David Foster Wallace uses somewhat absurd descriptions to enhance his depiction of the state fair in “Ticket to the Fair.” While most people can picture a horse or a cow, Wallace still insists on describing them. However, his descriptions depict the animals in ways different than we are used to – horses’ faces “are long and somehow suggestive of coffins” (p. 38) and feed bags are compared to gas masks. In this way, Wallace makes ordinary things such as cows and horses seem fresh and strange. His raw and often strange descriptions give life to the somewhat ordinary topic of a state fair.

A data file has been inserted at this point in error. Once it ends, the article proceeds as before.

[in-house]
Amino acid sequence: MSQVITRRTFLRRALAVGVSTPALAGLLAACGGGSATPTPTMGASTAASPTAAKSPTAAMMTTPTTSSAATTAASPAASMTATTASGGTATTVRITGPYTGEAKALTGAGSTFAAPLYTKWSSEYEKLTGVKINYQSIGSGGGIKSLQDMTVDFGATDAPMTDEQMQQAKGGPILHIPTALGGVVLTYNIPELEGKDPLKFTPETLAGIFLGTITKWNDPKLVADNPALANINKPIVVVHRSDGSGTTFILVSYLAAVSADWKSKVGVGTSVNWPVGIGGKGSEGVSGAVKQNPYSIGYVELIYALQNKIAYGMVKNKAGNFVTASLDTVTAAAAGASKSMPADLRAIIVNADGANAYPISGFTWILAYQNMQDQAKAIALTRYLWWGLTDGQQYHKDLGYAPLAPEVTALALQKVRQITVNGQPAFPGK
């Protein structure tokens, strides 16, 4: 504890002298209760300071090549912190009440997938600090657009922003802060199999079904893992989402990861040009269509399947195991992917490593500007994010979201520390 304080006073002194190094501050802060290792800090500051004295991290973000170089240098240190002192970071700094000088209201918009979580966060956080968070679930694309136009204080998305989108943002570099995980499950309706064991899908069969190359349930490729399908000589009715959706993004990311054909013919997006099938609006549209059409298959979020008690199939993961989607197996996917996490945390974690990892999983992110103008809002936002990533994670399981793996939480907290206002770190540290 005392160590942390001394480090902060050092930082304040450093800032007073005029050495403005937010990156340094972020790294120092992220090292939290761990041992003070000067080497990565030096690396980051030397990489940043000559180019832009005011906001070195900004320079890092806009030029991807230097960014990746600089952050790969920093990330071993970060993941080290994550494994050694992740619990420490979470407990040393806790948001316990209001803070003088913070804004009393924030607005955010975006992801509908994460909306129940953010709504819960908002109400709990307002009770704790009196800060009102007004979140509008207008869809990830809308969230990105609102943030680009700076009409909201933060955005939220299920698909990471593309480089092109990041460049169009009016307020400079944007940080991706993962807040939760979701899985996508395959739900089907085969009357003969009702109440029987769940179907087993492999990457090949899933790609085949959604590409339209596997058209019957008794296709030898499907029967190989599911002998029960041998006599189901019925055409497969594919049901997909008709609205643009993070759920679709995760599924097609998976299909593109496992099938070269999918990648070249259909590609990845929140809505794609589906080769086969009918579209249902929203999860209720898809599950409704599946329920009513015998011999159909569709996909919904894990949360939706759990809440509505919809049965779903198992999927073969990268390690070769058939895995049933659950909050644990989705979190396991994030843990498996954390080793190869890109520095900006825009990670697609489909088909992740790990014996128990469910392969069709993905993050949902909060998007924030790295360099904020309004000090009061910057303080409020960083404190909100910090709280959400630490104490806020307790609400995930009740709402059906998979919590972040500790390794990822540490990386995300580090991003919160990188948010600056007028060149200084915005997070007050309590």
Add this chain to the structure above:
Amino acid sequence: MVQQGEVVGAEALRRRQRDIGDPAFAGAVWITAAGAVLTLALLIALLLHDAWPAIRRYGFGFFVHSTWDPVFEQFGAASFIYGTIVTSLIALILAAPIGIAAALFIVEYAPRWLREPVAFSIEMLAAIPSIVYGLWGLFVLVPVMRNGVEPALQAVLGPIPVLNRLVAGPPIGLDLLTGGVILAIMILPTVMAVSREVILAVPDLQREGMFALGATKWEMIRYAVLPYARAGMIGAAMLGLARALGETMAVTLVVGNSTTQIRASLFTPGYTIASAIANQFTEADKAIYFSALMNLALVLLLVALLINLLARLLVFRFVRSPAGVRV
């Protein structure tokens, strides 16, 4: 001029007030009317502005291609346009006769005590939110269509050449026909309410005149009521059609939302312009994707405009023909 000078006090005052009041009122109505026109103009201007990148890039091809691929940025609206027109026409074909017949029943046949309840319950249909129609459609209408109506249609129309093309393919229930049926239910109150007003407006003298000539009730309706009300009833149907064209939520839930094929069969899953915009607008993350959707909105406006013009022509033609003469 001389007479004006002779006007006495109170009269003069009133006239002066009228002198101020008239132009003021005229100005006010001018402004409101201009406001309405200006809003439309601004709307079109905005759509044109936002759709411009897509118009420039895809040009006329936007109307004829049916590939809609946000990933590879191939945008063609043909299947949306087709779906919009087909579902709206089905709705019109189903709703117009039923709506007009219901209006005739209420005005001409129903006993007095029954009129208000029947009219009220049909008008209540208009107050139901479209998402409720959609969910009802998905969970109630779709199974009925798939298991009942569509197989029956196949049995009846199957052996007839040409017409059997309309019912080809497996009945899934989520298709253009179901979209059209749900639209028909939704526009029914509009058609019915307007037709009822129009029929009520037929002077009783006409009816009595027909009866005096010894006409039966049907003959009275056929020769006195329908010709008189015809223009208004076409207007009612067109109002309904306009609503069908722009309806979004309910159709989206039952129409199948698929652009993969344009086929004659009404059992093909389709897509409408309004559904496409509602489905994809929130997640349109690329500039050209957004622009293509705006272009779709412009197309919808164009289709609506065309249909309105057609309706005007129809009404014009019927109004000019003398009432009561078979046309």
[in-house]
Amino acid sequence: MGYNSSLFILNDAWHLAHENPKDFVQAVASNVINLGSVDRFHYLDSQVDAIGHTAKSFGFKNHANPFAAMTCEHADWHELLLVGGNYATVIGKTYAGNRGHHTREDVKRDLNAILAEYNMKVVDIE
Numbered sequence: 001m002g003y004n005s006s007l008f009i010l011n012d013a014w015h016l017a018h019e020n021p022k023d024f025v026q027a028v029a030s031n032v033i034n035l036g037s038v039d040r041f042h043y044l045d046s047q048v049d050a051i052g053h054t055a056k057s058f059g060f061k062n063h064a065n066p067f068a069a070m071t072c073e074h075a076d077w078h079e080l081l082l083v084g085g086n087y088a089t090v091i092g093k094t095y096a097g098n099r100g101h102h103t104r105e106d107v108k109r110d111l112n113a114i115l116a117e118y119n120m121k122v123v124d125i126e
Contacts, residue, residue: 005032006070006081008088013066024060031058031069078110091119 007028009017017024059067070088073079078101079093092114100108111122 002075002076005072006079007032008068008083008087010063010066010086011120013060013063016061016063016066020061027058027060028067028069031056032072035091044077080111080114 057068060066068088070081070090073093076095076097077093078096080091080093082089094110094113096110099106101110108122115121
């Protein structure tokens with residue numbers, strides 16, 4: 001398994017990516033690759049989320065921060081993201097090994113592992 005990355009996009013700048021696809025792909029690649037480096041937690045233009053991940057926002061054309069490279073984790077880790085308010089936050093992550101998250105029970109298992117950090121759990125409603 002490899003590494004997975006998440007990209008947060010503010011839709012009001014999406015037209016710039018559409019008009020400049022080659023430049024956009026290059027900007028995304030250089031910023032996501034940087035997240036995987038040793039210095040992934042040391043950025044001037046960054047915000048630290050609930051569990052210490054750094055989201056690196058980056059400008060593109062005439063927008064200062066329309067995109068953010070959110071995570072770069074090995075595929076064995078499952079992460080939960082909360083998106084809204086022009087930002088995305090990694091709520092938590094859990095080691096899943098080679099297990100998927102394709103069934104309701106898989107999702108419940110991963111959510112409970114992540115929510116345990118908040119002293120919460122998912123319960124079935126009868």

Another characteristic of Wallace’s writing is its personal language. Again, one would expect a state fair article to be very descriptive and documenting, yet Wallace brings his personal opinions and anecdotes to make it more interesting. It is certainly not the most objective and thorough review of a state fair, but its subjective and anecdotal writing makes it more interesting than an overview of every activity would have been. Wallace brings in his own personal experiences, recounting how he is scared of poultry because he got pecked as a child. In many cases, he is kind of an ‘anti-journalist’, being self-deprecating about his talents and saying he lacks the journalistic instinct necessary to push to the front of the crowd and ask questions. In doing so, Wallace combines his own personality with his experience of the fair, which makes for an interesting and vibrant article.